Auditor Faber Declares the Village of Tuscarawas “Unauditable”

Tuesday, October 15, 2019

Columbus – Auditor of State Keith Faber has declared the Village of Tuscarawas (Tuscarawas County) “unauditable” after state auditors found that accurate monthly bank reconciliations were not available for audit.

“We need accurate financial records in order to complete an accurate audit,” Auditor Faber said. “I recommend the village work with our Local Government Services team to restore the village to an auditable status.”

Auditors found the December 31, 2018 bank reconciliation prepared by the village reflected an unreconciled, unsupported difference between the bank and the village’s books totaling $458. Upon further investigation, auditors discovered several adjustments identified by the village and included in the December 31, 2018 as reconciling items that were inaccurate. At the same time, other adjustments were necessary to help reduce the unreconciled, unsupported difference to $386. Similar unsupported reconciling items existed on a monthly basis throughout 2018 ranging from $33 to $4,945.

The December 31, 2017 bank reconciliation reflected an unexplained difference of $208. Additionally, similar unsupported items of $53 through $987 existed across the months of March 2017 through August 2017, as well as November 2017.

Within 90 days of receiving the “unauditable” declaration, the village must revise their financial records and provide the data necessary to complete the audit. Failure to bring accounts, records, and reports to an auditable position may result in legal action, including the possibility of the Attorney General issuing a subpoena to village officials to explain the condition of records. The Attorney General may also file suit to compel officials to prepare and/or produce the required information.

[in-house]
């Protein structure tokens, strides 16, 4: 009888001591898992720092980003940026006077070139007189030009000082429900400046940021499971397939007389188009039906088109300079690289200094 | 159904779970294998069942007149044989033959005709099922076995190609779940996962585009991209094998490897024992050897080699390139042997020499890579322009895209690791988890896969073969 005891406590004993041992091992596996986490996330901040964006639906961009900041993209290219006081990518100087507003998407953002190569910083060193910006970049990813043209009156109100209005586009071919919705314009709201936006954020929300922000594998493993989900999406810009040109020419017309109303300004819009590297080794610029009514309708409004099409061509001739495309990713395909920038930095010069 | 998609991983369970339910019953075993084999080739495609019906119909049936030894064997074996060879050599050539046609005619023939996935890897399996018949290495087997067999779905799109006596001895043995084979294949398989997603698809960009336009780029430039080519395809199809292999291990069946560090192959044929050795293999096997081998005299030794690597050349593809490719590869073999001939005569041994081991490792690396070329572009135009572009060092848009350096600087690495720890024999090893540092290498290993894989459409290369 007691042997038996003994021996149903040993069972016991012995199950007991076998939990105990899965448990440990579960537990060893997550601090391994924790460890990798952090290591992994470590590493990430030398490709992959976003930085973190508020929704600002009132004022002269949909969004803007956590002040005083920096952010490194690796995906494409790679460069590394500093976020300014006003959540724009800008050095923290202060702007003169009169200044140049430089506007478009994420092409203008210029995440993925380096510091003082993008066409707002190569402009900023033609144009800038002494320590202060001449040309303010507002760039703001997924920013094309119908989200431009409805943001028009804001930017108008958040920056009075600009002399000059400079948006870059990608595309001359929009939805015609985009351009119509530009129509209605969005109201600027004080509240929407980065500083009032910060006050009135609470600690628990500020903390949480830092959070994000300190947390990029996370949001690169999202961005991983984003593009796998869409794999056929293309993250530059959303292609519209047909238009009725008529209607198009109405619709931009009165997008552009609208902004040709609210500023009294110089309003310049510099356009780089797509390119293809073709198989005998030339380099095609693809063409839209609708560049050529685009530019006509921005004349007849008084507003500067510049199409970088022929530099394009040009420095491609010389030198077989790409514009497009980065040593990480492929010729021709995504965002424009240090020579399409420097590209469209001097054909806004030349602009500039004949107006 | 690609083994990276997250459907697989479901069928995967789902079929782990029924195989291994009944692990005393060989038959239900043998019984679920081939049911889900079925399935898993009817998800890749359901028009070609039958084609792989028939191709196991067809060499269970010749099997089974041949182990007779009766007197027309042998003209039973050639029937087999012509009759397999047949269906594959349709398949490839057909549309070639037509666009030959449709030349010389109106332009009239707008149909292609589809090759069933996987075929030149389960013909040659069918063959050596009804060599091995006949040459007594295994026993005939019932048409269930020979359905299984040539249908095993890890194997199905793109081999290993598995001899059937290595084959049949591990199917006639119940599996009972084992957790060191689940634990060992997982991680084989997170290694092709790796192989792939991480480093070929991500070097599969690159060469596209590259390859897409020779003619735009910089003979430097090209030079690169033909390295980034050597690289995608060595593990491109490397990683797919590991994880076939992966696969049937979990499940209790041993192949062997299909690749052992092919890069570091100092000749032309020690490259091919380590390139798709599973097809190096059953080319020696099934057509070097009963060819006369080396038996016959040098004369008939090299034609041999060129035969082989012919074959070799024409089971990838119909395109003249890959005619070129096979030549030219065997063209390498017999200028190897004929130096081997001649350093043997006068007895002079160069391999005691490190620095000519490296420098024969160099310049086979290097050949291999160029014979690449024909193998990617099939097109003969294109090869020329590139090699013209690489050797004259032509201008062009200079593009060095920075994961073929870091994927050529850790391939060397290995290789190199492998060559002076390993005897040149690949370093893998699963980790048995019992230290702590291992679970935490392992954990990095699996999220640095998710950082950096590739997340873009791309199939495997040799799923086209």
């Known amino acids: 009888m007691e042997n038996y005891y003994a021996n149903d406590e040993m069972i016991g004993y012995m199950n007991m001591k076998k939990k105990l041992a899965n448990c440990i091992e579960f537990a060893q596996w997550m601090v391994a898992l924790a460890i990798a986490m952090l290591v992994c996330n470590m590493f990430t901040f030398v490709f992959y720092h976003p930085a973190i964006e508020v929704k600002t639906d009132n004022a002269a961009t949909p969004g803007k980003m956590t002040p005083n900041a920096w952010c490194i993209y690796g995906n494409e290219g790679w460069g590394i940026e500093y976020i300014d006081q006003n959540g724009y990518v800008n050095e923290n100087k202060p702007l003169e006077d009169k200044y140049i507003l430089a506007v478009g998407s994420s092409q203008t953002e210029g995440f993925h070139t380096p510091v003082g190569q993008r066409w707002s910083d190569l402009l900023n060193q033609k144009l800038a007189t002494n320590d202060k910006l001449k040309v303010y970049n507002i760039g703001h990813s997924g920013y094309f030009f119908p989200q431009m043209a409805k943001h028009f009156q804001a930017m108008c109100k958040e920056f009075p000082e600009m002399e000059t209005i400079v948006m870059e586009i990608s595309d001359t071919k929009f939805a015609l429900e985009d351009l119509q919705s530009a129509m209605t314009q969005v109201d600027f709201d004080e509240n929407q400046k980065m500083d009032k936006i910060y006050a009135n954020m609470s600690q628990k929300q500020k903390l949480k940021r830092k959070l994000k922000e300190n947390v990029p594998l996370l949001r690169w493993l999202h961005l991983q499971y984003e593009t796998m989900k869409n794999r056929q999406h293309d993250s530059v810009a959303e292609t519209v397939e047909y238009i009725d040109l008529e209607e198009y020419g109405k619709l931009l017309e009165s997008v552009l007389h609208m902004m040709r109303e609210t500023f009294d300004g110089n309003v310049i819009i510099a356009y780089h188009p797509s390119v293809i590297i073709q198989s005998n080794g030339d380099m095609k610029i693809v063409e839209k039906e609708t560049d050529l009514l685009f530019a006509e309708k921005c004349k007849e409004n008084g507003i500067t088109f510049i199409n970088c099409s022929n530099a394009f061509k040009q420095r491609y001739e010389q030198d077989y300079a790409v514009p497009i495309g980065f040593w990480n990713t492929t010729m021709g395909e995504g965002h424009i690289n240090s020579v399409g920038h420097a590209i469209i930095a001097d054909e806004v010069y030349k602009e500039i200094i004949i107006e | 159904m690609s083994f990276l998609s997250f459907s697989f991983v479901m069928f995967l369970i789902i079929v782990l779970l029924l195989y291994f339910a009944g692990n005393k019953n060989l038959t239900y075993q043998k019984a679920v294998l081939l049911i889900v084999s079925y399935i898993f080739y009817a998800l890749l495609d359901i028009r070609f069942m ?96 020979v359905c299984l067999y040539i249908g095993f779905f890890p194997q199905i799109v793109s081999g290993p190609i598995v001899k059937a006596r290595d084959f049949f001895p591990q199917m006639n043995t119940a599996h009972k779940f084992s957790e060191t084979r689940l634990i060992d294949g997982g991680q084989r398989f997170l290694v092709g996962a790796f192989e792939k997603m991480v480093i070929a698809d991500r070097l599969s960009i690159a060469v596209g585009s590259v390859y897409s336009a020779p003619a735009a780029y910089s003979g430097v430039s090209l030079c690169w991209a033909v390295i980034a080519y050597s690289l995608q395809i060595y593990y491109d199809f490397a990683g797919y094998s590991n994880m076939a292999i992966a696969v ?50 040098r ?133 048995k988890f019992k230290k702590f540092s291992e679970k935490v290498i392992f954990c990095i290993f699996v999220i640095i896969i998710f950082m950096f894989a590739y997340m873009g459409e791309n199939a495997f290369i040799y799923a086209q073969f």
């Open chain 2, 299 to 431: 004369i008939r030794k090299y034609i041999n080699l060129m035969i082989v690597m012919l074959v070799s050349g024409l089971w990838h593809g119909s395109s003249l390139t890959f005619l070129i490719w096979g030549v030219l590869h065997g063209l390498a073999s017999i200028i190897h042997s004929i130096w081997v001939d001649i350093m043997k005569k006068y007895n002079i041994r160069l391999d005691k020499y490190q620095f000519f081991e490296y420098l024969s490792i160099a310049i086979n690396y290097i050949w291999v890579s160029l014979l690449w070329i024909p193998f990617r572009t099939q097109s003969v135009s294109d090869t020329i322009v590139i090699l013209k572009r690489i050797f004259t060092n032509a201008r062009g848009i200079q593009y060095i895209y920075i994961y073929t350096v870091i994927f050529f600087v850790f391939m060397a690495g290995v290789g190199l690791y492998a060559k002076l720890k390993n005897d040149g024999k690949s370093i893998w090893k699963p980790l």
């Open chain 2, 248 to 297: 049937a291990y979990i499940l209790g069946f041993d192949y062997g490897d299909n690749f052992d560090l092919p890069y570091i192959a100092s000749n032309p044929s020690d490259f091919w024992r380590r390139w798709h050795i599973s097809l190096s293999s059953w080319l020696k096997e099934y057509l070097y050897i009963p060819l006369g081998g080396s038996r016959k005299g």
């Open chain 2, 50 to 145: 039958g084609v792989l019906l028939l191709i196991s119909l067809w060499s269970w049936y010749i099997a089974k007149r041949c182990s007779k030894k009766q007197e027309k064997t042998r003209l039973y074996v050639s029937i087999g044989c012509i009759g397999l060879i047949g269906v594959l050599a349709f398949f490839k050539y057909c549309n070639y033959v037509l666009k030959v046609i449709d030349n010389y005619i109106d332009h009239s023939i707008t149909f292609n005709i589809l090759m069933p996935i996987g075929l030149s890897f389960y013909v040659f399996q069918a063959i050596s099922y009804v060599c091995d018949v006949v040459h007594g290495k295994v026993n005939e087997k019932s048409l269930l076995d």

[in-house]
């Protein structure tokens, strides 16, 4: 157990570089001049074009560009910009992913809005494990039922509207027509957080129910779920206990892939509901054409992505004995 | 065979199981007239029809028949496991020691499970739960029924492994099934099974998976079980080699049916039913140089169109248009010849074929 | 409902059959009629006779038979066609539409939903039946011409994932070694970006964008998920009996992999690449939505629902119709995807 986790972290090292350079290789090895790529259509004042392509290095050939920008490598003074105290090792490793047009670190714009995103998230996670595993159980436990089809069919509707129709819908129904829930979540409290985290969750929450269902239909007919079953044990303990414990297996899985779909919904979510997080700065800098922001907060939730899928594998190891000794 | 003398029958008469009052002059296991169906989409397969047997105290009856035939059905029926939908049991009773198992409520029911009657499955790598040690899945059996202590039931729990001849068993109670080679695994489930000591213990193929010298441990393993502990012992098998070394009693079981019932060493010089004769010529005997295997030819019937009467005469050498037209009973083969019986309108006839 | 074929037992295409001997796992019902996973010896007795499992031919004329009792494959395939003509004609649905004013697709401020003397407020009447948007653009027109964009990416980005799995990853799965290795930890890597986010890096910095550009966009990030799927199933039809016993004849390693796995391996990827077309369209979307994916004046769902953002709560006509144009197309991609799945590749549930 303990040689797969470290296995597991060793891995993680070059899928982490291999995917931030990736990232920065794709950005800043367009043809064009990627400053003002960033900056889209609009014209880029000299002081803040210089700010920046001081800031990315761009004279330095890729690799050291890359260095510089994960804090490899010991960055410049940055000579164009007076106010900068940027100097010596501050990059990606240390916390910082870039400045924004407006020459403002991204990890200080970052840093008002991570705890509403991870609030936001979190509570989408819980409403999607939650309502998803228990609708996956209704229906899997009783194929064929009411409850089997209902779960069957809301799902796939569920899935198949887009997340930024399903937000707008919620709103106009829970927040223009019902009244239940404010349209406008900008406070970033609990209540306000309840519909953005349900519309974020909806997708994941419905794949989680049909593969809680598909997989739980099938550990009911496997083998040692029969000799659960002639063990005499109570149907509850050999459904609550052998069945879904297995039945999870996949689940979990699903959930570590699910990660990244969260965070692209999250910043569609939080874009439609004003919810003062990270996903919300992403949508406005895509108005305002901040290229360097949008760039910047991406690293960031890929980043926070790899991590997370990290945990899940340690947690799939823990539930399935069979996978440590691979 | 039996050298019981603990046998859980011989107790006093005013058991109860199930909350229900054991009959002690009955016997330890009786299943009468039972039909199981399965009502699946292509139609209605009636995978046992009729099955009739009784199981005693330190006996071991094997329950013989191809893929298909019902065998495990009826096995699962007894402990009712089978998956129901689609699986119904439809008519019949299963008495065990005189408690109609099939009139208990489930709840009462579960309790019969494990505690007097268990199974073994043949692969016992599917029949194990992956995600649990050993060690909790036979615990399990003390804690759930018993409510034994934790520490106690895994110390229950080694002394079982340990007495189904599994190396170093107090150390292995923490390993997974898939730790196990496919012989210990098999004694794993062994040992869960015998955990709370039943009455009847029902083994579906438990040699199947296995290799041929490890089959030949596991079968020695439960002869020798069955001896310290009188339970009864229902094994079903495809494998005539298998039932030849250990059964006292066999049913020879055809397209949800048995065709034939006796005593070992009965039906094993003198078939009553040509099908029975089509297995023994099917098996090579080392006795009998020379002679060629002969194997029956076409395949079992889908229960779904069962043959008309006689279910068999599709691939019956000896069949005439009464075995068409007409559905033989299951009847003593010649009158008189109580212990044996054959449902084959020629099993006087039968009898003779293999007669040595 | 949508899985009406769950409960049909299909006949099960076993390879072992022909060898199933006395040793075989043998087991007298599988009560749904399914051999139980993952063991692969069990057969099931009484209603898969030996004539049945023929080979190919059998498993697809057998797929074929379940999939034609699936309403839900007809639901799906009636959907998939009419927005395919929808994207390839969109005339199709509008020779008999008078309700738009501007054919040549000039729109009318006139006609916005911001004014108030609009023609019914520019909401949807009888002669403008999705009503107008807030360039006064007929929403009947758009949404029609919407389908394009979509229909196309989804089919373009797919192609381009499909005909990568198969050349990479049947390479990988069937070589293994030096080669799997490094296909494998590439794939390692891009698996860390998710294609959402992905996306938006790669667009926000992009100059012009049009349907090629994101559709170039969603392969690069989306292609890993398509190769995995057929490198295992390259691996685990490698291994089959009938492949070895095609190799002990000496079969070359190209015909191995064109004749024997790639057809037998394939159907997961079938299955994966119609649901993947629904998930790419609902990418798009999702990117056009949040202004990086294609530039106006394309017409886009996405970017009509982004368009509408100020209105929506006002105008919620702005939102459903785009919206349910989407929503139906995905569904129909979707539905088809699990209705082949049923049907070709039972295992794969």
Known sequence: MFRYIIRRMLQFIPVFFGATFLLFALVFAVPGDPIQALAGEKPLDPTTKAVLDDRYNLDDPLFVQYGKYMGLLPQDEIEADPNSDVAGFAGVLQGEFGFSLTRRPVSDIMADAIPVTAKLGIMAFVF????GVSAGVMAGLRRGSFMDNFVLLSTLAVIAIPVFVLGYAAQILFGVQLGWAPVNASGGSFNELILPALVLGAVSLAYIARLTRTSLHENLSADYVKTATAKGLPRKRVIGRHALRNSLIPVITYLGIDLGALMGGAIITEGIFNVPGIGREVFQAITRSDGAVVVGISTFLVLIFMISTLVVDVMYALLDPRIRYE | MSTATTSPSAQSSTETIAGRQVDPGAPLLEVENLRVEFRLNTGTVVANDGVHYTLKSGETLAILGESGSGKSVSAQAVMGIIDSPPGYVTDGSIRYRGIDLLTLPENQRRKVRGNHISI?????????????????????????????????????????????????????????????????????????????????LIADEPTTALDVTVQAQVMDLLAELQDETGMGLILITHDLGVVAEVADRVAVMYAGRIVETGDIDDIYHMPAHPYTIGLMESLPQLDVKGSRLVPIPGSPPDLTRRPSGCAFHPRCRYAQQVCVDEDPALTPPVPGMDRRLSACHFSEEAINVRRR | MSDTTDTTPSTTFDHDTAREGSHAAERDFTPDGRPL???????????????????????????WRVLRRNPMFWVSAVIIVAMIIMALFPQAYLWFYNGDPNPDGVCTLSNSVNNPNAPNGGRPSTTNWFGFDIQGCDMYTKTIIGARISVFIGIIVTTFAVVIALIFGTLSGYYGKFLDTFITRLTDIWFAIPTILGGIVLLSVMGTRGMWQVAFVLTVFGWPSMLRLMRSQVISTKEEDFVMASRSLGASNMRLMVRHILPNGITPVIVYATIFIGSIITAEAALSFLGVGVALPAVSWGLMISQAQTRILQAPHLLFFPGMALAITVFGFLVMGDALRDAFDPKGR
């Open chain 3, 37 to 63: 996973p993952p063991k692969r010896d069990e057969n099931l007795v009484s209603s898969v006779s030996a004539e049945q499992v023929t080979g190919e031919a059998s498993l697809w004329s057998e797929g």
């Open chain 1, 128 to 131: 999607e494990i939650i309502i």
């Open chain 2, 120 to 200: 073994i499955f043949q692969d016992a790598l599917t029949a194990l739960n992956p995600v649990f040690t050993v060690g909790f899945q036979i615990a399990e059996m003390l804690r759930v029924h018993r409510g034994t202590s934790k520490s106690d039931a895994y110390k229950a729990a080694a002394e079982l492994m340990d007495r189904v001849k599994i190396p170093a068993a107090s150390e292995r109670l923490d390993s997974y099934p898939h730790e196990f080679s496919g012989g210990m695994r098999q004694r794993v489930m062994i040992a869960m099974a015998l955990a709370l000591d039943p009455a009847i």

The Auditor of State’s Local Government Services section is available to the village to assist in bringing records to an auditable condition. Local Government Services provides a wide variety of services to local governments, including reconstructing financial records and aid in the reconciling of books.

The Auditor’s office removes an entity from the “unauditable” list once the audit in question is complete and released to the public.


The Auditor of State’s office, one of five independently elected statewide offices in Ohio is responsible for auditing more than 6,000 state and local government agencies. Under the direction of Auditor Keith Faber, the office also provides financial services to local governments, investigates and prevents fraud in public agencies, and promotes transparency in government. 


Allie Dumski

Press Secretary

(614) -644-1111